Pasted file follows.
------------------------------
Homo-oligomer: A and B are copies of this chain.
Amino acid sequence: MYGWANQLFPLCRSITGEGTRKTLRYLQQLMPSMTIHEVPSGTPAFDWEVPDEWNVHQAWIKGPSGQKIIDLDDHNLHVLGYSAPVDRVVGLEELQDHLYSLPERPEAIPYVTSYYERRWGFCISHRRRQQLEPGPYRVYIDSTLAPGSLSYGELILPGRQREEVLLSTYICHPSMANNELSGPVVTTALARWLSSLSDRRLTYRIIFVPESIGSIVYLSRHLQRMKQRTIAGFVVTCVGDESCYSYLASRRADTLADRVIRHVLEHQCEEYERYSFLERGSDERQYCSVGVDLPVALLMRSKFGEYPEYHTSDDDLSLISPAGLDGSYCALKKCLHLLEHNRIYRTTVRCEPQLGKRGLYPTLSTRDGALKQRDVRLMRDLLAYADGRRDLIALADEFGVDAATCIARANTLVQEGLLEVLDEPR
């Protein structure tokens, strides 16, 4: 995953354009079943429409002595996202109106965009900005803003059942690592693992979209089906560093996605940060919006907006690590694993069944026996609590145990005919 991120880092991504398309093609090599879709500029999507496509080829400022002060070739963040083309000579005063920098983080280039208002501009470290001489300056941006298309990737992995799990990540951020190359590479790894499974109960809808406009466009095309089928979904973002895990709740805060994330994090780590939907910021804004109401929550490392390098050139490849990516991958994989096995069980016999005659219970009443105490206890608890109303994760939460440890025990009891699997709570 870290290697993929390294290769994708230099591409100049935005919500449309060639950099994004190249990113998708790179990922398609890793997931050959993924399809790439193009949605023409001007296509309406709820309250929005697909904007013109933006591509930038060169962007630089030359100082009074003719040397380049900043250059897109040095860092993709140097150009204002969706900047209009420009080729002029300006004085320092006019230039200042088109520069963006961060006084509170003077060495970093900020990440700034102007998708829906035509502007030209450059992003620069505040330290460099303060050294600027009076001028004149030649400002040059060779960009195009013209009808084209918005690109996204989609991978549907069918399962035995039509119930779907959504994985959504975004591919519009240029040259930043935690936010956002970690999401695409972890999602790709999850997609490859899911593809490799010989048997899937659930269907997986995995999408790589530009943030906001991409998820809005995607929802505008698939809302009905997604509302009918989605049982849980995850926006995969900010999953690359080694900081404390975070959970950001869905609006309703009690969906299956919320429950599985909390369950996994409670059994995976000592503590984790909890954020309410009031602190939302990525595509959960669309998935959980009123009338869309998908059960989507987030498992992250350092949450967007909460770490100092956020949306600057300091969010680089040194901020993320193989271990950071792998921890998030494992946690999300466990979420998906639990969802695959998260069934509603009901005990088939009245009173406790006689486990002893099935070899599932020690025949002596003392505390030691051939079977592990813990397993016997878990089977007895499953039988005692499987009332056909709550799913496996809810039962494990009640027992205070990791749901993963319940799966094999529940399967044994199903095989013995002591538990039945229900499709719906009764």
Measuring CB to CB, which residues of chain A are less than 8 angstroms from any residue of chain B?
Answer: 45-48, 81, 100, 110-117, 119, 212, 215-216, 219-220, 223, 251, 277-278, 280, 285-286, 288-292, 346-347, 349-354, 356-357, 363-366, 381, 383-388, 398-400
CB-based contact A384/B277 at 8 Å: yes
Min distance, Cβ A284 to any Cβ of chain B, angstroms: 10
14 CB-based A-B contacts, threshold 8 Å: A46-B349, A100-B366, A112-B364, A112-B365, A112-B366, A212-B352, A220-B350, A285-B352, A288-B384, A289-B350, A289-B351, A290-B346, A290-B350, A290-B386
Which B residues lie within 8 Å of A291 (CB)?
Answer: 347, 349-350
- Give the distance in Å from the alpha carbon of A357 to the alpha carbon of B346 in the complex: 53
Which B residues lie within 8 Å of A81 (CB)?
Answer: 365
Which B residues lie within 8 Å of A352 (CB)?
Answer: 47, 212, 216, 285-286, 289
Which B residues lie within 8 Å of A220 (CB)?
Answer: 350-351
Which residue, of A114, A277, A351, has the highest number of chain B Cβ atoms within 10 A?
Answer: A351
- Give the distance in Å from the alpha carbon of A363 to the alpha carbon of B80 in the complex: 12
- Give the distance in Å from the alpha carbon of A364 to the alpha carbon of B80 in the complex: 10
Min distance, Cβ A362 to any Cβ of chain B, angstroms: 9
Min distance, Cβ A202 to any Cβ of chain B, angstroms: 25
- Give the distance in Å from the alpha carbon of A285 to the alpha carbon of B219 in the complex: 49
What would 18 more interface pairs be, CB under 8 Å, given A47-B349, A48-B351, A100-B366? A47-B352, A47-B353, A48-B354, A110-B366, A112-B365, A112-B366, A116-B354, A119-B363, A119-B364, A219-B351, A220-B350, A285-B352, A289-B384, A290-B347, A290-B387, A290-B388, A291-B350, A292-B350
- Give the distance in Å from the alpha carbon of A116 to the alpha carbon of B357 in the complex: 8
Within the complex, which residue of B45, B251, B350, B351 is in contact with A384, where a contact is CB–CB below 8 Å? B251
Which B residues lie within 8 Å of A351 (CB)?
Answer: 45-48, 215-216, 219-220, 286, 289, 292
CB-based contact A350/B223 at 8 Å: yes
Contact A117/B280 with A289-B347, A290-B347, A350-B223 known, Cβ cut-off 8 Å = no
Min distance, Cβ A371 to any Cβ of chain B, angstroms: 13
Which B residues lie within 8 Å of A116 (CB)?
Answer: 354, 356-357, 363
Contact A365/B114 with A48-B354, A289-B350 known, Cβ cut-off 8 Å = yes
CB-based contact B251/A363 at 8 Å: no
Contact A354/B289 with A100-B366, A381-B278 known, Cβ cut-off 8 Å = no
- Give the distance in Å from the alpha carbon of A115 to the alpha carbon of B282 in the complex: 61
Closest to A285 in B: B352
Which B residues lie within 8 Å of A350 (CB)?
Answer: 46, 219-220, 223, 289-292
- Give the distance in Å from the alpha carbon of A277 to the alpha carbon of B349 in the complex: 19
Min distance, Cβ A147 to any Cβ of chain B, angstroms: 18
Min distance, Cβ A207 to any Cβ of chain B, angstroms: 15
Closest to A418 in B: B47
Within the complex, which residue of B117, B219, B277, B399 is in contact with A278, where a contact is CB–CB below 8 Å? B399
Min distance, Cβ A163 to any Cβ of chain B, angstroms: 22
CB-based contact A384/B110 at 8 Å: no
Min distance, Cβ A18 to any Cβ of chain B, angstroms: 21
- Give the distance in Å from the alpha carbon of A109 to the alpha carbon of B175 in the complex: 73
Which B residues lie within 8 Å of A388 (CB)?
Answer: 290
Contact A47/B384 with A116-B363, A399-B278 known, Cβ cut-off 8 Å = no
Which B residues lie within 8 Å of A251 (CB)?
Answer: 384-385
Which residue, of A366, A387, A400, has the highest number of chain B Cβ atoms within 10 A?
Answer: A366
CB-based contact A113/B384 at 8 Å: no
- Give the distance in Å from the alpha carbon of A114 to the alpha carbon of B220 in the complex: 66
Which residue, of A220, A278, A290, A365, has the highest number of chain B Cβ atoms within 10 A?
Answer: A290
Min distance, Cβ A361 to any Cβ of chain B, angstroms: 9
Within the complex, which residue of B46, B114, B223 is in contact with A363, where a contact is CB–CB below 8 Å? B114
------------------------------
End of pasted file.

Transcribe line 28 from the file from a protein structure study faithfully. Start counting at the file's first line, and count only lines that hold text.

Which B residues lie within 8 Å of A351 (CB)?